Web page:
AssetMark finds greatest treasure of Curian shipwreck to be its survivors, even as it salvages $2 billion from the ocean floor
The Concord, Calif.-based outsourcer fills five sales positions from its fallen competitor with ease and sets them a task to throw life rings to even more adrift advisors
Brooke’s Note: What happens when $10 billion of AUM gets abdicated to the market? With the decision of Curian Capital to take exactly that course of action, we get to see. But what may be more interesting is not what happens to the financial assets, but to the human ones — especially in a tight labor market. Making money is a sign of the health of a company but so is hiring. AssetMark, now with $27 billion-plus, seems ever eager to get manpower. On a somewhat parallel note, I see in a Monday release that Dynasty Financial Partners is grabbing up human capital — in its case from the embattled Cantor Fitzgerald roll-up. Stan Gregor, formerly its chief, will now lead the Eastern division of Dynasty’s network development unit.
After vacuuming up a substantial share of the assets from its dissolving TAMP rival, AssetMark Inc. is hoovering up an even more important resource: talent.
At the end of July, Mark Mandich, CEO of Curian Capital LLC, announced that his turnkey asset management program would no longer accept new accounts and would wind down support for existing accounts by the first quarter of 2016.
The shocking announcement from the Denver-based TAMP sparked an industrywide scramble to reel in thousands of suddenly platform-challenged advisors. See: Following 'irregularities’ Mark Mandich says Curian Capital will close its doors in 2016
Concord, California-based AssetMark gained about $100 million in new commitments last week to boost what is now a $2.1 billion pipeline of assets from more than 500 Curian advisors, according to Michael Kim, executive vice president of sales. These commitments are not yet included in the $27.5 billion the TAMP currently manages.
Industry leaders speculate that Curian had been leaking assets and was managing less than the $11 billion it listed on its most recent ADV. A spokesman for Curian Capital refused to say how many advisors it had and what assets the company held when it announced its closing.
Other large TAMPs are courting Curian’s soon-to-be former clients but keeping their own asset pipelines confidential.
“We have seen an influx in the volume of advisors looking for a world-class solution following Curian’s exit,” said a spokesman for SEI Advisor Network Corp. of Oaks, Pa., but who declined to go into specifics. The TAMP, a subsidiary of SEI Investments, recently passed $50 billion in assets.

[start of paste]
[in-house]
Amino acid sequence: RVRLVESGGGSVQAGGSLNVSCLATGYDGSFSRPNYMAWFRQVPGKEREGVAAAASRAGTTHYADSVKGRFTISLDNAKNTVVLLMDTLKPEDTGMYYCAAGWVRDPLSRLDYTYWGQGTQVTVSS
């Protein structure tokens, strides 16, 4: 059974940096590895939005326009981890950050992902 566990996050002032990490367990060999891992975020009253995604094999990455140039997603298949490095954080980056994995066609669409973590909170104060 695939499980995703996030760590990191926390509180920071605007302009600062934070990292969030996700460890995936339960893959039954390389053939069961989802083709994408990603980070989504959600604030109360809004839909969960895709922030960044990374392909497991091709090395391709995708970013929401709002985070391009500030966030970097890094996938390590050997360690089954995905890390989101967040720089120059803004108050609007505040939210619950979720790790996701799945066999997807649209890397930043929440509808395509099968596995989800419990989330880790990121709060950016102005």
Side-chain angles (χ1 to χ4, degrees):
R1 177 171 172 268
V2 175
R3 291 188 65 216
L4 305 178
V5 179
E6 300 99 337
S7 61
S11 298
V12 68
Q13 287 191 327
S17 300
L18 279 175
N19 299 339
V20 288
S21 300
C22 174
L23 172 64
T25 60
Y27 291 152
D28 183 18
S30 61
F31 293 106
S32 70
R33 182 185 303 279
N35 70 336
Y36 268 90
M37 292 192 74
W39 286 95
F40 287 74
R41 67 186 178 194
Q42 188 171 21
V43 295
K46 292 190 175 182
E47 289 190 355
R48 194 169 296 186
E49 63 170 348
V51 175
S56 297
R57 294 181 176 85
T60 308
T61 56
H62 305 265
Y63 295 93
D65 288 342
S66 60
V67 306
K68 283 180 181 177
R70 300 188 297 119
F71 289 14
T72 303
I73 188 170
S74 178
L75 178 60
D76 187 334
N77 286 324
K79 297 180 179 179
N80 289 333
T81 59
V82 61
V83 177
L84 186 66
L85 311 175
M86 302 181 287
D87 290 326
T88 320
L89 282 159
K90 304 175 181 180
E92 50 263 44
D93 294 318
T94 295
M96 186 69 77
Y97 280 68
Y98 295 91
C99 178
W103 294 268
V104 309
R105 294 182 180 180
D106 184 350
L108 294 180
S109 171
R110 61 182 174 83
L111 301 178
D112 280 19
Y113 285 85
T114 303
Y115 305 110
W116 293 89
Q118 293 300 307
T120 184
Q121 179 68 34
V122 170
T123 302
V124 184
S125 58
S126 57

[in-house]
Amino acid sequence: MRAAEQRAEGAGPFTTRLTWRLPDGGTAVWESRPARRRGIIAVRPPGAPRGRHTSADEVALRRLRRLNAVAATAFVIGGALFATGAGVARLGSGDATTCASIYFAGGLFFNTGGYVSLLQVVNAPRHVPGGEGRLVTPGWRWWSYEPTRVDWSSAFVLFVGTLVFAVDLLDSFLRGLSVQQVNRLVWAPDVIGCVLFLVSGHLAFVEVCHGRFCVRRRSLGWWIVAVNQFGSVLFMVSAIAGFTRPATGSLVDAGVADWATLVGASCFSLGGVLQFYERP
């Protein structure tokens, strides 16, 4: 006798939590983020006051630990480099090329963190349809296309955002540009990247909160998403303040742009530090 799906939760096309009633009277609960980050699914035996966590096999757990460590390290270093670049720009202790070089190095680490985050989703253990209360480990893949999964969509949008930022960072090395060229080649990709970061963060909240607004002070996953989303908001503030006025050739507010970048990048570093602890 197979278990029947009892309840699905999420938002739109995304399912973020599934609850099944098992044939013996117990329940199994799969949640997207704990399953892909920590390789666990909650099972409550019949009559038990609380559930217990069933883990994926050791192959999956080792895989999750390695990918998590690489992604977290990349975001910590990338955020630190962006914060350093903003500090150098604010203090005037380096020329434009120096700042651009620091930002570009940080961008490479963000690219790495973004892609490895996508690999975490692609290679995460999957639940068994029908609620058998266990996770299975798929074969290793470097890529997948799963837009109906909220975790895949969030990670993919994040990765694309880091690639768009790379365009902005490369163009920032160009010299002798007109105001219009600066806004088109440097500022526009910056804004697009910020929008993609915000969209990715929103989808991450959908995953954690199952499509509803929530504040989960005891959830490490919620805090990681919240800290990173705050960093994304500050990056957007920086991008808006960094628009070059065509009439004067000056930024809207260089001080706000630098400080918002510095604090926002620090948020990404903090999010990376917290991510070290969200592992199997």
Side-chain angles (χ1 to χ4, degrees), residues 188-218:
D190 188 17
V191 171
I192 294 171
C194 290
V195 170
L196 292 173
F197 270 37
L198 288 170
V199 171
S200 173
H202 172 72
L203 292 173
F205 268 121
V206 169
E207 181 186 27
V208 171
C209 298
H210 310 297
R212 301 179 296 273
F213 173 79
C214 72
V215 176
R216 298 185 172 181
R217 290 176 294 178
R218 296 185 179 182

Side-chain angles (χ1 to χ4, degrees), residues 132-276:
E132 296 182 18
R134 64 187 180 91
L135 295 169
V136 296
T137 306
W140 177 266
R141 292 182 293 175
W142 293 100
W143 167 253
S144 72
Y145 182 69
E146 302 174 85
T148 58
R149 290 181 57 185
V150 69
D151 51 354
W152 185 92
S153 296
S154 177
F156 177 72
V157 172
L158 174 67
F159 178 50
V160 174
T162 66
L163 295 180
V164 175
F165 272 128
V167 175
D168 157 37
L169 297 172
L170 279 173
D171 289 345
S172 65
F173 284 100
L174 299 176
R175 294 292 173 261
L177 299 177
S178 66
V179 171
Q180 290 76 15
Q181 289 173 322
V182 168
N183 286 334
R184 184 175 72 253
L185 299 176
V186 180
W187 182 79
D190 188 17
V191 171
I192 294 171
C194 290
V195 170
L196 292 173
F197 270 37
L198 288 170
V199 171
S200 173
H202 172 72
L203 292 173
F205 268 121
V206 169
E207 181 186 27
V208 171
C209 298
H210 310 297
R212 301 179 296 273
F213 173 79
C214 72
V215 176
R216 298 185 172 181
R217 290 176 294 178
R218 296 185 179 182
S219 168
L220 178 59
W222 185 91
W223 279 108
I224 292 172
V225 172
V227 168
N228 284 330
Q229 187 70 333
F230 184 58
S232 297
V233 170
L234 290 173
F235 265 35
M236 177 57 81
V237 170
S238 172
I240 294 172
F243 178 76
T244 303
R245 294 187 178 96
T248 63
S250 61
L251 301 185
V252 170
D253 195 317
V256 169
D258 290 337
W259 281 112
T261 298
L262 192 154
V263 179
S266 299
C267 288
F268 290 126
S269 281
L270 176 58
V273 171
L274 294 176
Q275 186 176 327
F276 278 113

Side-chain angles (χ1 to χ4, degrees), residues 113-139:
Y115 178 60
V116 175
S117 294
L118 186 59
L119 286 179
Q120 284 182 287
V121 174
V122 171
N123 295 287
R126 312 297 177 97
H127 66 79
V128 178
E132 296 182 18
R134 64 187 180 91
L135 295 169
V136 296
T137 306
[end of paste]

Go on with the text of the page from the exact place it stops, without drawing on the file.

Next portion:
Brinker Capital Inc., which made waves in August with its hire of a Curian’s former national sales manager, said it would announce its Curian flows later this fall. The Berwynn, Pa. TAMP manages $18 billion of assets See: Curian Capital predators position to pounce — but a few copiously keep their distance to avoid quills
But client money isn’t the only thing Curian’s competitors are fighting for: earlier this month AssetMark announced it hired five former Curian wholesalers — Sara Paulson, Anthony Gonzales, Aaron Jones, Timothy Kolesaire and Tigran Muradyan — as regional business consultants for AssetMark. These five bring AssetMark’s sales team up to an even 100 employees.
According to Kim, expanding AssetMark’s salesforce was always part of the TAMP’s 2015 business plan, but the suddenly available pool of talent — Sara Paulson was the firm’s No.1 wholesaler in 2014 — accelerated plans. AssetMark spoke with about two dozen former Curian wholesalers in all, and hired the five based on their experience and their rare culture fit, he says.
“There just aren’t a great number of people out there who can take a true consultative approach in working with advisors,” says Kim.
In addition to filling much-needed positions at AssetMark, these new hires should also help boost the Curian pipeline. The firm will give each of its newest regional consultants a book of advisors apiece to manage each but is also asking them to contact old Curian clients for new account opportunities. See: AssetMark keeps to the ex-Schwab theme, tapping Jerry Chafkin as chief investment officer.
Rising stars up for grabs